Mercer Capital's Financial Reporting Blog

Review Finds Equity-Based Compensation Reporting Works as Intended

“When a company gives something of value to its employees in return for their services, it is clearly a compensation expense. And if expenses don’t belong in the earnings statement, where in the world do they belong?”

Warren Buffett, investor extraordinaire and outspoken advocate of reporting stock option compensation expenses on the income statement.

Equity-based compensation (stocks, options, or something more exotic) is a useful tool for firms to hire and retain employees. Through shared ownership, such remuneration is commonly thought to align the incentives of employees, firms and other shareholders. In the case of startups, equity-based compensation can be particularly effective as it allows younger firms to conserve cash and obtain a greater degree of employee buy-in while competing effectively with much larger, established entities to acquire talent. Equity based compensation is attractive also because of the flexibility in structuring pay – human resources personnel and compensation experts are able to continually tinker terms and conditions to tailor awards to promote short, medium or long term goals of firms.

FASB Statement 123(R), Share Based Payment (now codified as ASC 718, Compensation–Stock Compensation) was issued in December 2004, in part as a response to financial reporting shenanigans that came to light in the early 2000s. Antecedent accounting guidance had progressively acknowledged the cost of equity based compensation, and introduced the option to use fair value as the basis for reporting. Prior to the promulgation of Statement 123(R), however, reporting entities had not been required to use fair value in recording equity compensation costs in their financial statements.

A post-implementation review (PIR) conducted by the Financial Accounting Foundation released a report on its review of Statement 123(R) in August 2014. The PIR team received input from users of financial statements (buy side analysts, sell side analysts, credit analyst, and a data gatherer), accounting practitioners, preparers of financial statements, as well as staff members of regulatory bodies. The PIR concluded that Statement 123(R):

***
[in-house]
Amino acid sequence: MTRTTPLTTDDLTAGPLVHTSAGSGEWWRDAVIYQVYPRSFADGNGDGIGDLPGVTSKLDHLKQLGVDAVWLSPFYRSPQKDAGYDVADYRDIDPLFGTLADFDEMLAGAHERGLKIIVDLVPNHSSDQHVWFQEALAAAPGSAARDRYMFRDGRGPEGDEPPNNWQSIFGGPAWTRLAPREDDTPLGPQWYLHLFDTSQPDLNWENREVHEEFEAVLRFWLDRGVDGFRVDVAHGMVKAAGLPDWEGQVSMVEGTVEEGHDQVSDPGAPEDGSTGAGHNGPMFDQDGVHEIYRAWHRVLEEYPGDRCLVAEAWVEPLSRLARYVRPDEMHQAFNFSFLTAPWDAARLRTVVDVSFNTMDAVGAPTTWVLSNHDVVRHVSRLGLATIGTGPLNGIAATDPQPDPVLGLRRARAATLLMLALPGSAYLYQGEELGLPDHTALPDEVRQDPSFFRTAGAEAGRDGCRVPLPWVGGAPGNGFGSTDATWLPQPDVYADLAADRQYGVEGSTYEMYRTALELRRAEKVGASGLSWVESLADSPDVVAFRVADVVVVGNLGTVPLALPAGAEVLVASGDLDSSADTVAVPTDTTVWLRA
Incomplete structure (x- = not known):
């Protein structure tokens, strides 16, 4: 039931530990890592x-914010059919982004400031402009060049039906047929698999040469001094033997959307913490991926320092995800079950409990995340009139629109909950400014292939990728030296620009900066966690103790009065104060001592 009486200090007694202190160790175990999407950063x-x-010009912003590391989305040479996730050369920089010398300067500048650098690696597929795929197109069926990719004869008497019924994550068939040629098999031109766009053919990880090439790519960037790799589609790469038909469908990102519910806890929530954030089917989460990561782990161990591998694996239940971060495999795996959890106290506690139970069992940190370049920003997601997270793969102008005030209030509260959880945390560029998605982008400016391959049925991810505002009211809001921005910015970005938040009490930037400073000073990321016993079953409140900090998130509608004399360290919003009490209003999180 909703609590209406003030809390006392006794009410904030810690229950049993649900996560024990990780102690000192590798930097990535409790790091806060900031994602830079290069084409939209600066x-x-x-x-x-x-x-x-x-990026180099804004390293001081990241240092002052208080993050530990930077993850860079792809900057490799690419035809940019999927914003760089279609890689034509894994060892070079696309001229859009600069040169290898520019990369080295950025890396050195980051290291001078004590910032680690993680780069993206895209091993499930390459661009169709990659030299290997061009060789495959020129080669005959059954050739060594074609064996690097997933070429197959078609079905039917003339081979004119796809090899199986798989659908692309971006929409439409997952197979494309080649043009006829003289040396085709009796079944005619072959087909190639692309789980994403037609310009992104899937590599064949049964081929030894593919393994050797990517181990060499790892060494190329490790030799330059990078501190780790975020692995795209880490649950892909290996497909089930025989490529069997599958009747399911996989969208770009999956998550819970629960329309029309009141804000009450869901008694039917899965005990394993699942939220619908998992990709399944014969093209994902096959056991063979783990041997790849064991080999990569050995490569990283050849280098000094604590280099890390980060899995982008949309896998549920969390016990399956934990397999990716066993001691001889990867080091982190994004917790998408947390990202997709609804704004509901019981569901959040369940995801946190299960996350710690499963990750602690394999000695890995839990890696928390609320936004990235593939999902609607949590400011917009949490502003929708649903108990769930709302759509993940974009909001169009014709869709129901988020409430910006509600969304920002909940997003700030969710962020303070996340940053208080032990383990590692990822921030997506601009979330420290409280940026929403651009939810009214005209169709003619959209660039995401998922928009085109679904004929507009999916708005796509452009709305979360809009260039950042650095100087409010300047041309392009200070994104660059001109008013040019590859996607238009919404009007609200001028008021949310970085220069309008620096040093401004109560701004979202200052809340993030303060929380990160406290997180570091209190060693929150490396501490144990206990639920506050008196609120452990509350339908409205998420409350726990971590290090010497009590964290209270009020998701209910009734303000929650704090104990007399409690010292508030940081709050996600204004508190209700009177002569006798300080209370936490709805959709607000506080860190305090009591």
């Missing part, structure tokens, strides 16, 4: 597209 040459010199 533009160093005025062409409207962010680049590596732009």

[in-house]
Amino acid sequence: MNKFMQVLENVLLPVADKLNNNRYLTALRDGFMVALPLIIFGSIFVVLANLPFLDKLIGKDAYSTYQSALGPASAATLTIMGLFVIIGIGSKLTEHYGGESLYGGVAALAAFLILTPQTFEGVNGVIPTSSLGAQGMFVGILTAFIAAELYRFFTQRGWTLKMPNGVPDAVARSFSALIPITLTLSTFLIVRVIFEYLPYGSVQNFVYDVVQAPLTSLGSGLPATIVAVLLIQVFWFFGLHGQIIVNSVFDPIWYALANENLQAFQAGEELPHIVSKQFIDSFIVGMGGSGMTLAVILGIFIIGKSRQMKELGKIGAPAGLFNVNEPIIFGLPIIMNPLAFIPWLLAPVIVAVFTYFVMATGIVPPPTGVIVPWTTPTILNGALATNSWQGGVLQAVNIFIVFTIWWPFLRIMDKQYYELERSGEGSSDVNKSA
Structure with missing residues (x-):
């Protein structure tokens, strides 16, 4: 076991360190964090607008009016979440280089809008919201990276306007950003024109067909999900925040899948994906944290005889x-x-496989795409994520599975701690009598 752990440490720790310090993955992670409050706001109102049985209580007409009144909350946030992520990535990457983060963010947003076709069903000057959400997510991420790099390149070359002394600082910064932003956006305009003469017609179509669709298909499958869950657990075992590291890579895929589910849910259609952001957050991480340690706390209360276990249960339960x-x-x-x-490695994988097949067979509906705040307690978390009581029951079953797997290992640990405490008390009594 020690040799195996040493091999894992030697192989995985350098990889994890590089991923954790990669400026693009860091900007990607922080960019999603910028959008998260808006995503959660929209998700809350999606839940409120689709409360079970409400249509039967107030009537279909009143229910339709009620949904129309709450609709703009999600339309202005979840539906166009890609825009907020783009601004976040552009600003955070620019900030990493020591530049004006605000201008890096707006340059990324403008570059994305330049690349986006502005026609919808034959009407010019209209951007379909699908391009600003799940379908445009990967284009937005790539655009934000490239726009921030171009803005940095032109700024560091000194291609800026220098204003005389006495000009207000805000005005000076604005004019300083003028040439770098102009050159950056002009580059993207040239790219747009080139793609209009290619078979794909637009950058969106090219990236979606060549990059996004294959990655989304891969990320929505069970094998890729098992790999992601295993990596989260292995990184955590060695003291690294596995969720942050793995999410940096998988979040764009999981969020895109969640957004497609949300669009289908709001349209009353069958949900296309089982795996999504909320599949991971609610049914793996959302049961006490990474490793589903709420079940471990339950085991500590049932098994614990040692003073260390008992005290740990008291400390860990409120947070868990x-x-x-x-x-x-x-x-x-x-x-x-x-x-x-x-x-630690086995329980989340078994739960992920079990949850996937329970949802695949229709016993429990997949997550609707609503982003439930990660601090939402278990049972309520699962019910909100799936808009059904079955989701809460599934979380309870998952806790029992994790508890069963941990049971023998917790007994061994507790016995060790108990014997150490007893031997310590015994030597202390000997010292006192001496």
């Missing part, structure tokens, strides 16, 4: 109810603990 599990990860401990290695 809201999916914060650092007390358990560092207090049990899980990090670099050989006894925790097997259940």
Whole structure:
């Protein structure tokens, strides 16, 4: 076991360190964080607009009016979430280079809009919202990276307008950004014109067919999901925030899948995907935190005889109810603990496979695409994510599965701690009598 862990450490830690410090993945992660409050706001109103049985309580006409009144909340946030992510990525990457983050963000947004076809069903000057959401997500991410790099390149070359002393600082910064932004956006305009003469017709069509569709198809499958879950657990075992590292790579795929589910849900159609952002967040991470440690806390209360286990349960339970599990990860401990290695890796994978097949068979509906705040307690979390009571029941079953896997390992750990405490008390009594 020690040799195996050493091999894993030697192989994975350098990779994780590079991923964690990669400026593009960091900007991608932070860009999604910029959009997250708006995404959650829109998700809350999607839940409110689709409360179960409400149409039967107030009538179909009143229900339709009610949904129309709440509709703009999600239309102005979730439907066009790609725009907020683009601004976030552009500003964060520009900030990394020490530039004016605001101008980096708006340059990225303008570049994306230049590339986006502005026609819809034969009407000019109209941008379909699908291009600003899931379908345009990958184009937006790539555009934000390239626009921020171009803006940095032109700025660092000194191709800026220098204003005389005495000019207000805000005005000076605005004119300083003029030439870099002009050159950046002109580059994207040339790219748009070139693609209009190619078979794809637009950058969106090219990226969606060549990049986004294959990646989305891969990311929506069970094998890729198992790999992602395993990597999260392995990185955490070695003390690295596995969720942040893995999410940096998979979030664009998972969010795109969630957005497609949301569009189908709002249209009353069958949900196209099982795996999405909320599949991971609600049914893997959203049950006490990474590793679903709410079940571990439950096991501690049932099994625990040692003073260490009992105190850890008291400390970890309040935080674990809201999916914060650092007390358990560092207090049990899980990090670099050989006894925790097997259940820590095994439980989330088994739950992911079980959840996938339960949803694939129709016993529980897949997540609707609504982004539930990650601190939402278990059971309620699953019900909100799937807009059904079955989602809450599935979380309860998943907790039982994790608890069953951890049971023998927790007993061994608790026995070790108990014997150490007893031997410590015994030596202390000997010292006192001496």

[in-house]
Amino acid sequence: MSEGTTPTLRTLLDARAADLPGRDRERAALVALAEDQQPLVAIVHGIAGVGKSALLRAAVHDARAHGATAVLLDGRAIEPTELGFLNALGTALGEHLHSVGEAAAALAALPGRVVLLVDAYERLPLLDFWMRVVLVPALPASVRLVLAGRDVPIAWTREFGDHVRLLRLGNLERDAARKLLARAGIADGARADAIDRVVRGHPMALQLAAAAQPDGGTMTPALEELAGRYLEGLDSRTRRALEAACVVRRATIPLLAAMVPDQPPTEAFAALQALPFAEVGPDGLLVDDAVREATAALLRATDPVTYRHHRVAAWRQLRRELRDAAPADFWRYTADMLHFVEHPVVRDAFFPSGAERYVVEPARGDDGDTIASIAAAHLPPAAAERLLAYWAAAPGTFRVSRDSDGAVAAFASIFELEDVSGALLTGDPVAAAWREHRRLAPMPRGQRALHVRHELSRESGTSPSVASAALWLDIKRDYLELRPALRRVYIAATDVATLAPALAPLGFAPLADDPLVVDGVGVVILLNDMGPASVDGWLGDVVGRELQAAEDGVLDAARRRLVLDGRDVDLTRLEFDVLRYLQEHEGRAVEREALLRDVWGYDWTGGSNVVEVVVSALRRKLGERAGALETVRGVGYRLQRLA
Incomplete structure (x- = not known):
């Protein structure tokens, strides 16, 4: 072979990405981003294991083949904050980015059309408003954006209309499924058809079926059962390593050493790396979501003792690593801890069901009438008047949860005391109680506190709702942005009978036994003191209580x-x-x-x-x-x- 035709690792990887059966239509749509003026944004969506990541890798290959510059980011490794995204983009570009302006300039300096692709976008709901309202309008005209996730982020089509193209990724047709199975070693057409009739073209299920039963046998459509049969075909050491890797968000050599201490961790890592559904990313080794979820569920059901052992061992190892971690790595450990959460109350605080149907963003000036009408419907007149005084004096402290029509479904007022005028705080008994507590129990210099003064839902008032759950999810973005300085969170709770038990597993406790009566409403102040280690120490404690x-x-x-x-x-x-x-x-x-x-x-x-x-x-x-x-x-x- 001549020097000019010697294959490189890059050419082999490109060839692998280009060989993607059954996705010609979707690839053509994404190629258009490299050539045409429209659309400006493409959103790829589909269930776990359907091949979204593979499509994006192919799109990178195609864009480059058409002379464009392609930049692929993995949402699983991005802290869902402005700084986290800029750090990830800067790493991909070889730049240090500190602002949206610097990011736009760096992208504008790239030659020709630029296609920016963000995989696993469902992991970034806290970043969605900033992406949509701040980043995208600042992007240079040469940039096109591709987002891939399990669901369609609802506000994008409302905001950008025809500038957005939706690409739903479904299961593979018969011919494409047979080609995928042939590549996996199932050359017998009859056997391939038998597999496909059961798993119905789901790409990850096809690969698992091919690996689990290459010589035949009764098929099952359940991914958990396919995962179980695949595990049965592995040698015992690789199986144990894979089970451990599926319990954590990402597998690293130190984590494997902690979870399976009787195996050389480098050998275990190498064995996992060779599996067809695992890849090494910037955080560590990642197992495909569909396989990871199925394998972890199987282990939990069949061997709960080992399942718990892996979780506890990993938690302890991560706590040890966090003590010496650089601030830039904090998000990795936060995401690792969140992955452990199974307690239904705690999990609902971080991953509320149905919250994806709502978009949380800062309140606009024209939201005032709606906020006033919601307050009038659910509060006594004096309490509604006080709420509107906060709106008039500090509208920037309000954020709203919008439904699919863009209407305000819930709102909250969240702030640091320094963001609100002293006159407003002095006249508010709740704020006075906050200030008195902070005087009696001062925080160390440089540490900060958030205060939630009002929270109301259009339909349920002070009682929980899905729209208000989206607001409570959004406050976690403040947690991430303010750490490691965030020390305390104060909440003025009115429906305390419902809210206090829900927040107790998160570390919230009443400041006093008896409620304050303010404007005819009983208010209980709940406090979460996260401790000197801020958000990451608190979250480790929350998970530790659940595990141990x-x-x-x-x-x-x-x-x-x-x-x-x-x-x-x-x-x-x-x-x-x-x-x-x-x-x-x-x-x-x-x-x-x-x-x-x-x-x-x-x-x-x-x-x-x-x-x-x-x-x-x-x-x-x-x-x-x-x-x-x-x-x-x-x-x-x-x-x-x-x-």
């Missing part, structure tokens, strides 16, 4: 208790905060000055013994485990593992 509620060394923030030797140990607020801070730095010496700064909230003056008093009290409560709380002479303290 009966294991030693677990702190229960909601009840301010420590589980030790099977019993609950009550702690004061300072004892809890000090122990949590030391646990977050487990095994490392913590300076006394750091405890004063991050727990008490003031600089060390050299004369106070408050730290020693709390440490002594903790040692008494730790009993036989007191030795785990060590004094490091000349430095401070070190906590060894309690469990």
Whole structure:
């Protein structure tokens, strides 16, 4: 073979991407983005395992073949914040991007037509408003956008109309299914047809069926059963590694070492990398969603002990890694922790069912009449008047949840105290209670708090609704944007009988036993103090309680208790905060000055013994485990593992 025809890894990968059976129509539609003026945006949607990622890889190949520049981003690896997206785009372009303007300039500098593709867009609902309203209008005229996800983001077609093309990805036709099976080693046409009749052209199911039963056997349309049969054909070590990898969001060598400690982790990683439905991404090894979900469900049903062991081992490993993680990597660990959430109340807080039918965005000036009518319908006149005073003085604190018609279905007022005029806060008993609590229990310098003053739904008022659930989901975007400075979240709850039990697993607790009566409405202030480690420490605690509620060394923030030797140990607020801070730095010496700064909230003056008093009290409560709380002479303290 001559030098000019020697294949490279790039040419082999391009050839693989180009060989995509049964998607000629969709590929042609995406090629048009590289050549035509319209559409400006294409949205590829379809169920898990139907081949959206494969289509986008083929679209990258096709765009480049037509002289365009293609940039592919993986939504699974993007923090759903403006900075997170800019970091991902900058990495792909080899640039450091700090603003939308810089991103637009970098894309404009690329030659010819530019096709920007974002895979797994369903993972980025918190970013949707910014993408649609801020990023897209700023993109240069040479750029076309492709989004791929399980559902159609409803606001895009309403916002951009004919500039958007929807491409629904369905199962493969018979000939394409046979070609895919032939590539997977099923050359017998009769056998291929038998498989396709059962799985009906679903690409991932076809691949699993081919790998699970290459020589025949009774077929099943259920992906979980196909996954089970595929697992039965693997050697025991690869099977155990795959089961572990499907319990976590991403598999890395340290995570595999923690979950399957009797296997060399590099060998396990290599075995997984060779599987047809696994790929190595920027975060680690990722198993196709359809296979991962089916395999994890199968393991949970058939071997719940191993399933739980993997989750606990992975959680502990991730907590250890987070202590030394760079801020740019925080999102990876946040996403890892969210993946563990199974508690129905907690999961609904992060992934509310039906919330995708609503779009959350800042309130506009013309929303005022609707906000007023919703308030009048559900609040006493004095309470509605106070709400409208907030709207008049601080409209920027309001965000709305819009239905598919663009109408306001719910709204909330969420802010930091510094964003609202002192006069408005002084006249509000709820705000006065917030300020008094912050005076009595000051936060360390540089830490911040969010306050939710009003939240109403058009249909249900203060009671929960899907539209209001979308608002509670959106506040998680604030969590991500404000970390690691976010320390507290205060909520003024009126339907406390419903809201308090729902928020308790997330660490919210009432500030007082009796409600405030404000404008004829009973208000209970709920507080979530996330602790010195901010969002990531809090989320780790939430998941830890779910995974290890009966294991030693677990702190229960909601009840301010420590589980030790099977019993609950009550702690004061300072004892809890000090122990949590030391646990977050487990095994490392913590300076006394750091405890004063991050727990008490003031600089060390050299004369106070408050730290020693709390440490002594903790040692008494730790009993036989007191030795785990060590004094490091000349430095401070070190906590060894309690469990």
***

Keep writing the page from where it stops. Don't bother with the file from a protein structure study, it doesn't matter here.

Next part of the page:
• Addressed the need to reflect the cost of equity based compensation in earnings presented on the income statement.
  • Resolved differences in practice and improved comparability of reported financial information among reporting entities.
  • Attained substantial convergence with IFRS 2, Share Based Payment.
  • Provided useful information with regards to equity based compensation to the users of financial statements.
  • Was generally understandable to, and could be applied as intended by, the public preparers and practitioners.
  • Did not result in any unexpected significant changes to financial reporting or operating practices at the reporting entities.
  • Engendered implementation costs that were generally anticipated, and ongoing costs for public reporting entities were not significant.
  • Achieved expected benefits.
  • Was developed by the FASB through a process that was thorough and open.

While the conclusions were mostly positive, especially with regards to public reporting entities, the PIR report does indicate that nonpublic entities reported some difficulties in implementing Statement 123(R), and felt compliance costs were high.

In our experience, nonpublic clients perceive a measure of difficulty in complying with Statement 123(R) because unlike public entities, equity instruments used as compensation generally do not reference liquid securities with readily available prices. Further, many nonpublic reporting entities lack the internal resources necessary to analyze equity compensation structures and comply with related financial reporting requirements. In these situations, we help our clients work through the structural nuances of equity-based compensation by providing valuation analyses that meet the expectations of their external auditors. We are able to provide our services in a cost effective manner, with minimal strain on the part of our client firms’ internal resources.

For both start-up and mature companies, Mercer Capital’s valuation experts assist in the measurement of grant-date fair value of equity-based compensation across a variety of industries. Call us – we would like to work with you to find the best equity compensation structure and provide a reliable opinion regarding grant date fair value.

Related Links

Mercer Capital’s Financial Reporting Blog

Mercer Capital monitors the latest financial reporting news relevant to CFOs and financial managers. The Financial Reporting Blog is updated weekly. Follow us on Twitter at @MercerFairValue.